A Star is Born review: Lady Gaga proves she was Born to act in Bradley Cooper's terrific remake
Lady Gaga has often cited Madonna and David Bowie as key influences, and their Thespian endeavours must have given her pause for thought when she was asked to star in this film. Both Madge and Dave were bad actors, who made fools of themselves repeatedly by endeavouring to prove otherwise. In fact, it's hard to name a single pop star who isn't awful on film - until now.
Gaga is so good in A Star Is Born and on so many levels that she single-handedly justifies its existence.
When I first heard of plans for this rehash, I groaned. This, after all, is the third remake of a 1937 melodrama that hardly needed improving on. Janet Gaynor and Fredric March starred in that thoroughly winning production about a drunken Hollywood actor who falls in love with a brilliant, unknown actress just as his career is drifting toilet-ward. In 1954, it was remade as a musical with Judy Garland playing the starlet while James Mason staggered about magnificently as the sozzled has-been. It was refried as a Barbra Streisand vanity project in 1976, but the 1950s one has always been my favourite version - till now, perhaps.
Bradley Cooper directs and stars as ageing rock god Jackson Maine, whose years on the road have taken a toll on his health and hearing. He plays rousing country rock backed by a band so loud they sometimes sound like Neil Young's Crazy Horse: indeed I think one or two of them may actually be from Crazy Horse. His mid-range hearing is blown, he drinks vodka like it's Evian and, offstage, has the slumped posture of a man who long ago forgot how to enjoy himself.
Jackson's on his way home from a gig one night when his thirst for liquor overwhelms him. He stumbles from the stretch limo towards the bright lights of what turns out to be a rough and ready transvestite bar. There's a floor show, and among the eye-catching female impersonators is an actual female, Ally (Gaga), whom the open-minded owner allows perform.
Jackson sits smirking at the bar as Ally takes to the stage, but his sneer turns to slack-jawed wonder as she belts out a rousing version of Edith Piaf's 'La Vie En Rose'. Despite her obvious talent, she's winningly unselfconscious and when they talk afterwards, Ally tells Jackson how record company executives would say she sounded good, "but don't look so great". Jackson thinks she looks fantastic, and announces that her prominent nose is magnificent. He's right.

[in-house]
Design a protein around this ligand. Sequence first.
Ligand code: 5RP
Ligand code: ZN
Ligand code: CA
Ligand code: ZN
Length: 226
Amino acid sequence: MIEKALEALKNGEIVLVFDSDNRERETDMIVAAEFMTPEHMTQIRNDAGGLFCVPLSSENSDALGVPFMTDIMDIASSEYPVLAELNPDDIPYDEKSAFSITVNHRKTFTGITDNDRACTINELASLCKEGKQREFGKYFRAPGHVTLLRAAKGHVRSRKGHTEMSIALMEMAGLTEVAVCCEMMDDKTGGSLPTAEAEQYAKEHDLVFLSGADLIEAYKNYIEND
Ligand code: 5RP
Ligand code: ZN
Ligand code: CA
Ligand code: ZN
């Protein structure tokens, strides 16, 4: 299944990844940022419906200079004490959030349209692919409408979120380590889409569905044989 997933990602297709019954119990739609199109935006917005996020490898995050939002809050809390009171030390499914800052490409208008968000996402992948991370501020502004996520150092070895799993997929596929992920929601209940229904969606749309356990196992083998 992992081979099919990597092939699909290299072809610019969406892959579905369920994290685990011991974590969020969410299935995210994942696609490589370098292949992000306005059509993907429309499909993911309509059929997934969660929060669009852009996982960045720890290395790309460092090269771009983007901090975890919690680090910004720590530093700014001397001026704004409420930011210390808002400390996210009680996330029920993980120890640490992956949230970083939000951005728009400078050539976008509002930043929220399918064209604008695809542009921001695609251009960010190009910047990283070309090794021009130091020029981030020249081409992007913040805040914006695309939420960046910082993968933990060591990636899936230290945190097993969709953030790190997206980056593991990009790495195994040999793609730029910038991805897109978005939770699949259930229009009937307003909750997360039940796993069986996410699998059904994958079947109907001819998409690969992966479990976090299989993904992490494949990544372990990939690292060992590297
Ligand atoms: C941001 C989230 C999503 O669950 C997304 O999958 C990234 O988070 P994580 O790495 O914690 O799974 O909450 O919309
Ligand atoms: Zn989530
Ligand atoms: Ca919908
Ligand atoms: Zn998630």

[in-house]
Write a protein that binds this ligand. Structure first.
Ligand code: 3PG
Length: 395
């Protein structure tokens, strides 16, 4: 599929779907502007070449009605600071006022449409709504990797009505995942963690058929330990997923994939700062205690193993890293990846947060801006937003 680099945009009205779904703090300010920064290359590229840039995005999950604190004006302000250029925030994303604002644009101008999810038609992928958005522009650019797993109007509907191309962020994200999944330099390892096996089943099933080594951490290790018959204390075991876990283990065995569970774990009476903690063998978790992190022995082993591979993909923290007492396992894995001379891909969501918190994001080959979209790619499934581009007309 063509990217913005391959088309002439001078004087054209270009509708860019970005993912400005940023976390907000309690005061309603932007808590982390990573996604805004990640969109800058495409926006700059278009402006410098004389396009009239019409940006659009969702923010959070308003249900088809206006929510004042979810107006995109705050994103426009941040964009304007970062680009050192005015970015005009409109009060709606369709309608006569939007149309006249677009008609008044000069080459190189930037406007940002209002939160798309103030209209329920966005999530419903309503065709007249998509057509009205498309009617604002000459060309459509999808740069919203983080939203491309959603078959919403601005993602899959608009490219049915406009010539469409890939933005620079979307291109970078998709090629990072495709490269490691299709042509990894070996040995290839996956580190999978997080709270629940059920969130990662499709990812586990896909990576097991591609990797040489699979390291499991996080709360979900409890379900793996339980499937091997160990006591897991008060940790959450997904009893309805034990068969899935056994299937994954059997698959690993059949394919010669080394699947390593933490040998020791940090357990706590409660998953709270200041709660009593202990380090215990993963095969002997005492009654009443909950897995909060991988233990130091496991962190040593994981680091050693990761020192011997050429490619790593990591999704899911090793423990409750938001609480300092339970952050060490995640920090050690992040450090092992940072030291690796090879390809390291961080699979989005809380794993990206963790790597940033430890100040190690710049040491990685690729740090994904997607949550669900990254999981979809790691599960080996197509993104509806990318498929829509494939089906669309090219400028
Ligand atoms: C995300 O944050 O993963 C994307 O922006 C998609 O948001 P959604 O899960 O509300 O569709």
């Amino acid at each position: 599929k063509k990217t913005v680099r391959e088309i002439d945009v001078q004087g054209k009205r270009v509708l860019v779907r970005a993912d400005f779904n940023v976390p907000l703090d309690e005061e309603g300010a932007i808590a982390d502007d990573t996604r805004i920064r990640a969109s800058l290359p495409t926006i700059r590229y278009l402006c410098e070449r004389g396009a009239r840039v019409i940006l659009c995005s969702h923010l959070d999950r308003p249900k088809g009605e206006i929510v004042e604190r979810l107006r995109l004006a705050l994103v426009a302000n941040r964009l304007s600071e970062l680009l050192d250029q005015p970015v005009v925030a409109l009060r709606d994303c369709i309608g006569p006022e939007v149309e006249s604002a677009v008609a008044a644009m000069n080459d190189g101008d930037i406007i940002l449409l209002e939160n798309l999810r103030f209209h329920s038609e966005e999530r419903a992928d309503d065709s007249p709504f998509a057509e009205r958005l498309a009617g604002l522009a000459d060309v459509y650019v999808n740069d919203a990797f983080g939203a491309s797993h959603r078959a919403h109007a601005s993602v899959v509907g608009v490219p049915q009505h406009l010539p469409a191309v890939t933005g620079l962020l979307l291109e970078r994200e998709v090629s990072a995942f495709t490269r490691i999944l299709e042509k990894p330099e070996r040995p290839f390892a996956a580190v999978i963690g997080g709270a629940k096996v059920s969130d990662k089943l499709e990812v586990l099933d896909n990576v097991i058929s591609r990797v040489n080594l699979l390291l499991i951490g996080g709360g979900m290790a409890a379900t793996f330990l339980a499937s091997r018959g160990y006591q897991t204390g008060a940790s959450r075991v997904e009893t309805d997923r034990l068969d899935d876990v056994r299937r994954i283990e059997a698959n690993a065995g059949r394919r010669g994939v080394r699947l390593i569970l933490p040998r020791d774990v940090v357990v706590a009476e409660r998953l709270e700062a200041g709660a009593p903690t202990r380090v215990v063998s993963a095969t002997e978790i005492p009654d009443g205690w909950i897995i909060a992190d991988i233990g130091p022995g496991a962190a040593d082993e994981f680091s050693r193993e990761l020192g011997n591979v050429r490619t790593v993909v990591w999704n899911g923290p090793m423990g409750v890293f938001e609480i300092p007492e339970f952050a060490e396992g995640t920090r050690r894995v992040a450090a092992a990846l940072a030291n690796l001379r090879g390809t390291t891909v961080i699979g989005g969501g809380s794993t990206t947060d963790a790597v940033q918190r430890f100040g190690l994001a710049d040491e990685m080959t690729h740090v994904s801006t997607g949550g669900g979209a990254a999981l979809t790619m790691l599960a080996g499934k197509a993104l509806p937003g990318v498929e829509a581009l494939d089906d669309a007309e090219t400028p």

He asks her to attend one of his concerts as his special guest, and though she's initially suspicious of all the glitz and glamour, Ally's quickly swept up into the rock 'n' roll maelstrom, especially after Jackson invites her onstage to sing a duet. A star is born, as it were, but as Ally's career blossoms, his is entering a fatal tailspin.
A Star Is Born hasn't been made four times by accident: its central saga, of untainted feminine promise colliding with jaded masculine cynicism, has the timeless grandeur of a Greek legend, and first-time director Bradley Cooper has grasped the story's emotional core perfectly. His character is perhaps the most sympathetic of the Star Is Born male foils: he drinks medicinally, his pain emanating from a troubled relationship with a suicidal father and an older half-brother Bobby (Sam Elliott), who works as his tour manager and doesn't share Jackson's sentimental vision of the past.
He's at his lowest ebb when he meets Ally, whose raw talent and lack of cynicism makes him forget his worries... for a while. They fall in love, but both have cause to fret. Jackson wonders if the musical business will destroy everything that was true and original about Ally, especially after she takes up with a relentlessly commodifying English agent (Rafi Gavron), while Ally wants him to stop drinking before he kills himself.
Cooper's film makes subtle nods to the earlier versions: Gaga does a lovely Garland impression as she wanders up an alley during the opening credits, and the nose jokes are an obvious nod to Streisand. But this Star Is Born is effortlessly original, sure of its intentions, backed by a cracking soundtrack and grounded by Cooper and Gaga's performances. She is astonishingly good, raw and real, an effortlessly compelling actress, and when she sings, the screen lights up. They should give her the Oscar now.
Read Chris Wasser's review: A Star is Born review: 'Beautifully written, directed, shot, performed, edited, and scored - sensational'
Also releasing this week: Venom movie review: 'Flashy, vacuous bid to give Spider-Man's slimiest foe his own franchise'